April 7, 2004  
Volume 97, Issue 99  

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The comic geek perspective

By Christopher Hodge
Gazette Staff

You know you’re in trouble when you’re watching the film adaptation of the comic book Hellboy and you realize you’ve become the comic book guy from The Simpsons. “Worst adaptation ever,” you mutter as you watch Hollywood butcher another comic book.

If you’re a fan of the original comic series, Hellboy delivers a lot of smoke, but no fire. It’s a failed attempt to translate a great comic — with a small but loyal following — into a big Hollywood blockbuster.

This isn’t to suggest that the problem stems from bad casting. Far from it — Perlman was born to play Hellboy. But without a decent screenplay, even the best cast can’t keep a plot this full of holes afloat.

The problem with Hellboy is that it fails to capture the gothic feel of the original series. It’s too full of CGI special effects, and too polished to do the premise justice. If the creators understood what made the original work, they would have known that an airy shadow is a million times more effective than a bug-eyed computer generated monster; which is surprising considering the comic’s creator Mike Mignola has an associate producer credit.

There are a few other notable flaws in the film. In the comic, Professor Bruttenholm doesn’t make it past page 15. Plus, Dr. Kroenen is not a super Nazi ninja goon; he’s an evil scientist.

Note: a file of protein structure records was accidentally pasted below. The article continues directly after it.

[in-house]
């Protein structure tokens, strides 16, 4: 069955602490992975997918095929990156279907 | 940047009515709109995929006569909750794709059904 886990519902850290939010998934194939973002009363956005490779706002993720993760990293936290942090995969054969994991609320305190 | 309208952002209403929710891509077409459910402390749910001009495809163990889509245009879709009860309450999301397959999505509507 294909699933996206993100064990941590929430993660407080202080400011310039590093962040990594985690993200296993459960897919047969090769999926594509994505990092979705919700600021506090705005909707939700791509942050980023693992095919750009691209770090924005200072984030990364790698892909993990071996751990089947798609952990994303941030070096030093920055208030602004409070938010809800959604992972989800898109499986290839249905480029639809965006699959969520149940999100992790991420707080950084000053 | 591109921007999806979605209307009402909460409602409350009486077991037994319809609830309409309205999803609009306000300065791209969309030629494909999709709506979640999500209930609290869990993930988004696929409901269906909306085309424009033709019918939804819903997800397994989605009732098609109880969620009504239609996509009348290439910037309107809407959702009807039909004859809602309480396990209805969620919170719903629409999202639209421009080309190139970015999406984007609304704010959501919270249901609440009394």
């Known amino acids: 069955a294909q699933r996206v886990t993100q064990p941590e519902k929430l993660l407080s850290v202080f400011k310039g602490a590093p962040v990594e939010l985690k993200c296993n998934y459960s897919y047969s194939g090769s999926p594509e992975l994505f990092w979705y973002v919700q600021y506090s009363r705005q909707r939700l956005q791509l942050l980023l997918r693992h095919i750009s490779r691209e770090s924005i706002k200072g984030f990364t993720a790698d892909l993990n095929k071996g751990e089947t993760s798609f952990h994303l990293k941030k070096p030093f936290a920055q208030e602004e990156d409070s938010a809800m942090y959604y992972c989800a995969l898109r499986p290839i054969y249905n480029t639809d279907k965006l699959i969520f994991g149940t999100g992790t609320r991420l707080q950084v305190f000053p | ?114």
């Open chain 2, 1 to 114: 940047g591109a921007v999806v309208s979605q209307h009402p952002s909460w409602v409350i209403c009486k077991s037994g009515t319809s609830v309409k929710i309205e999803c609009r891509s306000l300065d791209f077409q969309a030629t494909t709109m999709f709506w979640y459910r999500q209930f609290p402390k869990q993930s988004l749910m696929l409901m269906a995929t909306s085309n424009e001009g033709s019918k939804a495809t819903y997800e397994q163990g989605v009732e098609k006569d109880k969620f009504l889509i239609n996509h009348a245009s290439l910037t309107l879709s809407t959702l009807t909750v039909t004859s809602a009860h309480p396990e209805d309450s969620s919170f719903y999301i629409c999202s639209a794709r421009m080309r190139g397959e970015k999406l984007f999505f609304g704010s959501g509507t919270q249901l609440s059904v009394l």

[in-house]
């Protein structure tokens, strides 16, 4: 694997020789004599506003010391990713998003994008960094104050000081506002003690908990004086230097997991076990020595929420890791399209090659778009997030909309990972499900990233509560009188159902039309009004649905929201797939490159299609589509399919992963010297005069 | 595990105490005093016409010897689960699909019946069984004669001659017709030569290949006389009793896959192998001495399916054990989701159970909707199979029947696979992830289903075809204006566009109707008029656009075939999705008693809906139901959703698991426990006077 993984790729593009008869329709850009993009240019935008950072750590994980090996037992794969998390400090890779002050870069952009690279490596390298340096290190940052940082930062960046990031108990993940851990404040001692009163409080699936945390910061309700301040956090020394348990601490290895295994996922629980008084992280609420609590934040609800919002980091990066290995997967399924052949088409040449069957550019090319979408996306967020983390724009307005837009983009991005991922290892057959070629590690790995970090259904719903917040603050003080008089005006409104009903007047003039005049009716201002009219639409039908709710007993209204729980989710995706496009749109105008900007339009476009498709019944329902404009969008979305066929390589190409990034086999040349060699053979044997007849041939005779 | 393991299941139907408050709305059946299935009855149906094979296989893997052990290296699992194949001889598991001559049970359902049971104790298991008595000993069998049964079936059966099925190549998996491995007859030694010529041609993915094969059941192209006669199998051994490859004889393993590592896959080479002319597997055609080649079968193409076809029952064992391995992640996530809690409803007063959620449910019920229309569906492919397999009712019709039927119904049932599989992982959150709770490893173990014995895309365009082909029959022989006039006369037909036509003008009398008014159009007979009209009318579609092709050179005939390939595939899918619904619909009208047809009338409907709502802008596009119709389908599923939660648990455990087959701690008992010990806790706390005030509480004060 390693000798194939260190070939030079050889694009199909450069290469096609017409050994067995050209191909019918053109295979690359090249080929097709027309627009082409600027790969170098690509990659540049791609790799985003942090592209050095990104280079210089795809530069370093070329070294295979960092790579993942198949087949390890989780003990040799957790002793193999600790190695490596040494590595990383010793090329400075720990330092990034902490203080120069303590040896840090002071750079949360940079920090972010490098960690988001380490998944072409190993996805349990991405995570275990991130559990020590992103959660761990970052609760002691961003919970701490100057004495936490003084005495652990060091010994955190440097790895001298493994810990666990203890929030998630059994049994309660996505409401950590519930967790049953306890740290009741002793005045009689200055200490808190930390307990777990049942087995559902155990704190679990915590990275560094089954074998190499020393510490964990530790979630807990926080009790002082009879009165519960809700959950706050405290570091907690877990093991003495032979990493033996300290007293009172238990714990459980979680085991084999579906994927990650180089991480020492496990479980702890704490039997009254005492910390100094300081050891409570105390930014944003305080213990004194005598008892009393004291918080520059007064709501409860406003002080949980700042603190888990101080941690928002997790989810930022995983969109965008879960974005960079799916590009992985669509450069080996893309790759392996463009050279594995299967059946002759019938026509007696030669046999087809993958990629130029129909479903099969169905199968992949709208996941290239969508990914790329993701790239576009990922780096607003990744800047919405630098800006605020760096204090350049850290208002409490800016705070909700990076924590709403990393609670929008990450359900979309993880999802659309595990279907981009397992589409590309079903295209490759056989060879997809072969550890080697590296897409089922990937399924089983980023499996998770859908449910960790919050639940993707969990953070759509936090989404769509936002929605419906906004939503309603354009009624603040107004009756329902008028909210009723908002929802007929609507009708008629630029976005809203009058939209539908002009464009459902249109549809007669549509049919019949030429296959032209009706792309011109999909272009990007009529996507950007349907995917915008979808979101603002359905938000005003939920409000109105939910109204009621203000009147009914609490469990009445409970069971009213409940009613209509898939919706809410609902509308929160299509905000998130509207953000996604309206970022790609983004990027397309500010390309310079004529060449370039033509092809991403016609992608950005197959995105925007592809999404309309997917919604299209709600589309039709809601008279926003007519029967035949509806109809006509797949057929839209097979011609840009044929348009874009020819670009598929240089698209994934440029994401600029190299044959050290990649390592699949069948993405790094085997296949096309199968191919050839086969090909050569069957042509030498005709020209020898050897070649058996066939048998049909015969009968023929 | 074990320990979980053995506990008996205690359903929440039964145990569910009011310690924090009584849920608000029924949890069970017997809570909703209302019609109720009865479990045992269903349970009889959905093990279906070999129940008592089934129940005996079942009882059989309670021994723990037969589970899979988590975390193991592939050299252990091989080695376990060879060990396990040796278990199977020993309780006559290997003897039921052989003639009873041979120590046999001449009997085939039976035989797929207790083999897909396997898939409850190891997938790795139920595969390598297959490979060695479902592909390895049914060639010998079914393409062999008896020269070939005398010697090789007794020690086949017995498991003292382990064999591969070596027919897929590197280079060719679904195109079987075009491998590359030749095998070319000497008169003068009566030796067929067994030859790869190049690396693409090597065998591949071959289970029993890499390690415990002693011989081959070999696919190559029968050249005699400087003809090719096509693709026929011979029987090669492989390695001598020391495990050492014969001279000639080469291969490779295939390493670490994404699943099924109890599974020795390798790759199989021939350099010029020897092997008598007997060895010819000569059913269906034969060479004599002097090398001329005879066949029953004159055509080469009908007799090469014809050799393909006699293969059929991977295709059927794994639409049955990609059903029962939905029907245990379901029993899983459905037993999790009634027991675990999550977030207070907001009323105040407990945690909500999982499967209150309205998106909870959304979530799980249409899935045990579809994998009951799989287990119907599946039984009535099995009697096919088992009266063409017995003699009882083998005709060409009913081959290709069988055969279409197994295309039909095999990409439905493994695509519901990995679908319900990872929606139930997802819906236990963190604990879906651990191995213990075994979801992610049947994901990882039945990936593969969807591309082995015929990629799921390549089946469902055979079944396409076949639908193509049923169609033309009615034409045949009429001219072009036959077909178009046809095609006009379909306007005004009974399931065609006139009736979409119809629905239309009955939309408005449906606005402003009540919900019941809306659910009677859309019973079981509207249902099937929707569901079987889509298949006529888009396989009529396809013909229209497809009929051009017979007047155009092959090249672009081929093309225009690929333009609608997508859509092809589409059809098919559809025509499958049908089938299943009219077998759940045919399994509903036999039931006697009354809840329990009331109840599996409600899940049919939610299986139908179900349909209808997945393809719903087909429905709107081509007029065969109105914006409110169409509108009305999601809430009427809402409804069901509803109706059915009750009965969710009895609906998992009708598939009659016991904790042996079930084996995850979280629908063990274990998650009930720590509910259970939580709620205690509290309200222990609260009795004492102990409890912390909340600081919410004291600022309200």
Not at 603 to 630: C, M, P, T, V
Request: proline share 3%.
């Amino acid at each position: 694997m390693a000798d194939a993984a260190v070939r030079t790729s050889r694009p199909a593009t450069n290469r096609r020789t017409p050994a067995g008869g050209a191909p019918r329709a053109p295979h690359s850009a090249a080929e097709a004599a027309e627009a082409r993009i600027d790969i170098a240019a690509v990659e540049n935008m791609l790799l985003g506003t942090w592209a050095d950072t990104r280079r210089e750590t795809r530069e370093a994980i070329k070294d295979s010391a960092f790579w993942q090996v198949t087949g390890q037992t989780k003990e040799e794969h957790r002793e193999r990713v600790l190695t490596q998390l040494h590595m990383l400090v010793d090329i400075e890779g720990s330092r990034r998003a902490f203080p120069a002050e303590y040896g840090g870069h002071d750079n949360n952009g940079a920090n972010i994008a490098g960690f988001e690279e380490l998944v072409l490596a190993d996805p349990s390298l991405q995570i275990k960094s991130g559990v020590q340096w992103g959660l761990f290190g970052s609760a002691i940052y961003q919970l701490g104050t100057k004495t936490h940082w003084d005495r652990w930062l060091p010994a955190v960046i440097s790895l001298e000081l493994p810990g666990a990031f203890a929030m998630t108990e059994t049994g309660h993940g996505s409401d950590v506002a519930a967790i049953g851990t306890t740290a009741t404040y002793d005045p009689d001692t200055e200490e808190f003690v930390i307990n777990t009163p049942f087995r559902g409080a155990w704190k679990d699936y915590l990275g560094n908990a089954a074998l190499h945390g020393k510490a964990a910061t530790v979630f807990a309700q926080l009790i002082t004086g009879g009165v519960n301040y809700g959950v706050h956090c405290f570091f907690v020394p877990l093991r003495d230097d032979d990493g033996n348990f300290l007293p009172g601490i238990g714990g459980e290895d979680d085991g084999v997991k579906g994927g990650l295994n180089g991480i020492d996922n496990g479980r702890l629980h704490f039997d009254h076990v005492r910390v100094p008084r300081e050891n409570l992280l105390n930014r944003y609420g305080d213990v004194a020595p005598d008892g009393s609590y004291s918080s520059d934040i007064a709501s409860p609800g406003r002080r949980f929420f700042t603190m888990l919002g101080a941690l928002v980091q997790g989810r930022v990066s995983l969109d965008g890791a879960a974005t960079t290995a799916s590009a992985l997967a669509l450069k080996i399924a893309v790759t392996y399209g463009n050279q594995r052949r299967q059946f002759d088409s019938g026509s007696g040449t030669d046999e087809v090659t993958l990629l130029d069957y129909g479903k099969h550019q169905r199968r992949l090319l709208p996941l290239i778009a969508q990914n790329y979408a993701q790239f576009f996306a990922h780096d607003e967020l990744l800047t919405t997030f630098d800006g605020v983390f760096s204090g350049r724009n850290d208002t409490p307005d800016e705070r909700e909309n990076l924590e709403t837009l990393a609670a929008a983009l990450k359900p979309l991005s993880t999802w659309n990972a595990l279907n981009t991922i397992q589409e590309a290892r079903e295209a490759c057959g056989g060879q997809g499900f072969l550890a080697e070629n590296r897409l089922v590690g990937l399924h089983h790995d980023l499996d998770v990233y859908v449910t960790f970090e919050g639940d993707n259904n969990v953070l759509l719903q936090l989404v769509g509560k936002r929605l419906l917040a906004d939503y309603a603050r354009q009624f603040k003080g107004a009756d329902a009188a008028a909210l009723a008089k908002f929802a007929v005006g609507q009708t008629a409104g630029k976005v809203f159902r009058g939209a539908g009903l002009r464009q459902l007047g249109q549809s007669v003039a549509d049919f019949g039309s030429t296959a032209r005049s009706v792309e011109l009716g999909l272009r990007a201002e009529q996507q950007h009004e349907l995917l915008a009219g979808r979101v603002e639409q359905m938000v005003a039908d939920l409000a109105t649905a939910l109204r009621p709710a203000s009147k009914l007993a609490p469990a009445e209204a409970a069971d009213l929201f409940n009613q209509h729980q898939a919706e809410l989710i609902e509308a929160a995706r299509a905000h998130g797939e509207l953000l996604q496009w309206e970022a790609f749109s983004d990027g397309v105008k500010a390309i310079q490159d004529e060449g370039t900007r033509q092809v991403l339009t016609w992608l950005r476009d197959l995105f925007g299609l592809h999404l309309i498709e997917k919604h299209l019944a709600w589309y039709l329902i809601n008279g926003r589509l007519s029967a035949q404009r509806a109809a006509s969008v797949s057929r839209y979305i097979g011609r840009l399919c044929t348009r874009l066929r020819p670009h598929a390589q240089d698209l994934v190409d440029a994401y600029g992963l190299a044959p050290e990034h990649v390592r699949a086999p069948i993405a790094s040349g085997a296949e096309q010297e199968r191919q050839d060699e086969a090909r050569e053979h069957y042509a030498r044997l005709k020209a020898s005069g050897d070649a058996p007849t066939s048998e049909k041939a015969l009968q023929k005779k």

In fact, almost none of the original plot from “Seed of Destruction” is used. And again, this might have something to do with where director del Toro wanted to take the Hellboy franchise. It’s remarkably similar in appearance to his previous attempt at a film inspired by a comic book, Blade II.

However, the oddest discrepancy between the two is the relationship between Hellboy and Liz Sherman (Blair). In the comic, there was never any attempt to establish a fling between Hellboy and Liz — yet for some reason, it’s in the film. Perhaps the creators of the film felt it would give Hellboy more depth; that it might appeal to those in the audience who like a little lovin’ in their demonic superhero stories.

Whatever the reason, the romance just doesn’t work. Hellboy’s infatuation with Liz is like the scene in Howard the Duck where Lea Thompson makes out with a jive-talking duck; it’s just too strange.



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